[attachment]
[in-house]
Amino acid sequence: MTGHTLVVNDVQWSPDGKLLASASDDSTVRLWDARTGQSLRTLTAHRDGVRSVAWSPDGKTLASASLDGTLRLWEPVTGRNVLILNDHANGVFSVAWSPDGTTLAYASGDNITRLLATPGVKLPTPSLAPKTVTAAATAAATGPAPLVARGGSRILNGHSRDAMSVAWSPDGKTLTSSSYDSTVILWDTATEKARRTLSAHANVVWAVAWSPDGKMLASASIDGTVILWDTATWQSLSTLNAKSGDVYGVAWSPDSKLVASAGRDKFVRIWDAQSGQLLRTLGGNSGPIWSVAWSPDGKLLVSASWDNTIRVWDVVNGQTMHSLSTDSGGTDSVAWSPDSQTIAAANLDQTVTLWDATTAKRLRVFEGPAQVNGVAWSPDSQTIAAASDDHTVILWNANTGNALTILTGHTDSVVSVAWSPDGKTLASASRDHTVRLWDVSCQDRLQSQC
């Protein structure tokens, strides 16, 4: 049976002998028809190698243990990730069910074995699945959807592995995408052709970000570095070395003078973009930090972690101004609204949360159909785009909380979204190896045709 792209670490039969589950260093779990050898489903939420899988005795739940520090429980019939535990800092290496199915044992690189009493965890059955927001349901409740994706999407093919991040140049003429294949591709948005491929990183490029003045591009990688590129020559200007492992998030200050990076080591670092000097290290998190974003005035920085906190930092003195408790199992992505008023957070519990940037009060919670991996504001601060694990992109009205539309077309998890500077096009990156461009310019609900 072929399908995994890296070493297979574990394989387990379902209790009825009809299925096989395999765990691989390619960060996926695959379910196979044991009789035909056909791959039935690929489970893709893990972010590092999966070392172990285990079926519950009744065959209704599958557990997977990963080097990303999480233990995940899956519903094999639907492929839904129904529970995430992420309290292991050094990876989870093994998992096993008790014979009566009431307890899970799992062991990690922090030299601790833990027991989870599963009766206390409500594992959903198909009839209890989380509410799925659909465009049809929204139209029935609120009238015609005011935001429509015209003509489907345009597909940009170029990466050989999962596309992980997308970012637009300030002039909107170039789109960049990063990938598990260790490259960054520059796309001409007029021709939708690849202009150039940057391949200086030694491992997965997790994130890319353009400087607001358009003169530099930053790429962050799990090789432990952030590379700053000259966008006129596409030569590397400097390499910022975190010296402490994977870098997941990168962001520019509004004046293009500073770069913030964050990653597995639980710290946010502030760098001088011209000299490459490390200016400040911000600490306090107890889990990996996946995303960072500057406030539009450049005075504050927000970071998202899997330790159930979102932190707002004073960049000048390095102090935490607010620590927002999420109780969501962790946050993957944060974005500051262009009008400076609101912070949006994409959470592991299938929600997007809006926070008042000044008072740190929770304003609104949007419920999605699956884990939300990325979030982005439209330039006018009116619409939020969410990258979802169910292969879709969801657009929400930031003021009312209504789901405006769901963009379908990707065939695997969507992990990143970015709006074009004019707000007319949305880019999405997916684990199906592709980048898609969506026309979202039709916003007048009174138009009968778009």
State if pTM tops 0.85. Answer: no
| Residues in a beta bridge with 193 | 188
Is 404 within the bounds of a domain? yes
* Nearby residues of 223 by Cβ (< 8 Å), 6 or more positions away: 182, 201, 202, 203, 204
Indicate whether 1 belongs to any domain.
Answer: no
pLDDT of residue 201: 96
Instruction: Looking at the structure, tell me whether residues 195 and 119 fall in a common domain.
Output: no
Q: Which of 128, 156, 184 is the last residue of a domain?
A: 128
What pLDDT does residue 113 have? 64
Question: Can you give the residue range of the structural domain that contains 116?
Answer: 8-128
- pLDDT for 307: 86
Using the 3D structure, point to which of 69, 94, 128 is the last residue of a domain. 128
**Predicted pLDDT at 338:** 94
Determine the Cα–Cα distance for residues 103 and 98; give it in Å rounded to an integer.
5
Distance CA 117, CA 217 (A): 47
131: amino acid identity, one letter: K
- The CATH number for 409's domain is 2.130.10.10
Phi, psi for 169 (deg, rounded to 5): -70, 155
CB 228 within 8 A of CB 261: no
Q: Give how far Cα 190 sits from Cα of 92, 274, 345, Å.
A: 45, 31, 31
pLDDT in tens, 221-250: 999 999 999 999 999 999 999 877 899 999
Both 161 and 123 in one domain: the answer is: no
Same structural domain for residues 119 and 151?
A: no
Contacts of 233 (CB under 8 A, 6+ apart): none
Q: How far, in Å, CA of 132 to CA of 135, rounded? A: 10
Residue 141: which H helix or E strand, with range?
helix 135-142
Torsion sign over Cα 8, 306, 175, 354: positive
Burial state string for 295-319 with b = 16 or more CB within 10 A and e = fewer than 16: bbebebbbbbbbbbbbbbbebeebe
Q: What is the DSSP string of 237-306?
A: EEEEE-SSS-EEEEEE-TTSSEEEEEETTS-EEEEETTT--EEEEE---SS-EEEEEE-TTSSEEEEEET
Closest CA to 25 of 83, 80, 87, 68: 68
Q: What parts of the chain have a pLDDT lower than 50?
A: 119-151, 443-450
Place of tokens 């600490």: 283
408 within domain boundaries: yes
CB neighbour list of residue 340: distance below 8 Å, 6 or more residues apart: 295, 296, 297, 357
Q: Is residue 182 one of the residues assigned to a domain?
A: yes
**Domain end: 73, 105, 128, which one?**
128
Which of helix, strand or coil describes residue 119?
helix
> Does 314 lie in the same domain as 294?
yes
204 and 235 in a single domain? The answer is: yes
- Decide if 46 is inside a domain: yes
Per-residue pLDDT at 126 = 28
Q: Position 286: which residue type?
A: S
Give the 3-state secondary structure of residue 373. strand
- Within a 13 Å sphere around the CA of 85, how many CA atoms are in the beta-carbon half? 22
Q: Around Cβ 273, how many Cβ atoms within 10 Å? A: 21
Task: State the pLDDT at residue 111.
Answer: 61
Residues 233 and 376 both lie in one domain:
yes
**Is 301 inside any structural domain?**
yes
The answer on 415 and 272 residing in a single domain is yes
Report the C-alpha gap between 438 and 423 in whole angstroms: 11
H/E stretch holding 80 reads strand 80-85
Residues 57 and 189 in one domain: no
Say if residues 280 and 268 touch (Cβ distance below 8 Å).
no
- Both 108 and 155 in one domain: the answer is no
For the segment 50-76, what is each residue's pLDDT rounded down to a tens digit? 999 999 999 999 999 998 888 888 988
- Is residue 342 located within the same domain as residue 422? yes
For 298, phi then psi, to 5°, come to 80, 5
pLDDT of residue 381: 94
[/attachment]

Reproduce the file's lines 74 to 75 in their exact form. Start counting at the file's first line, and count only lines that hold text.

Say if residues 280 and 268 touch (Cβ distance below 8 Å).
no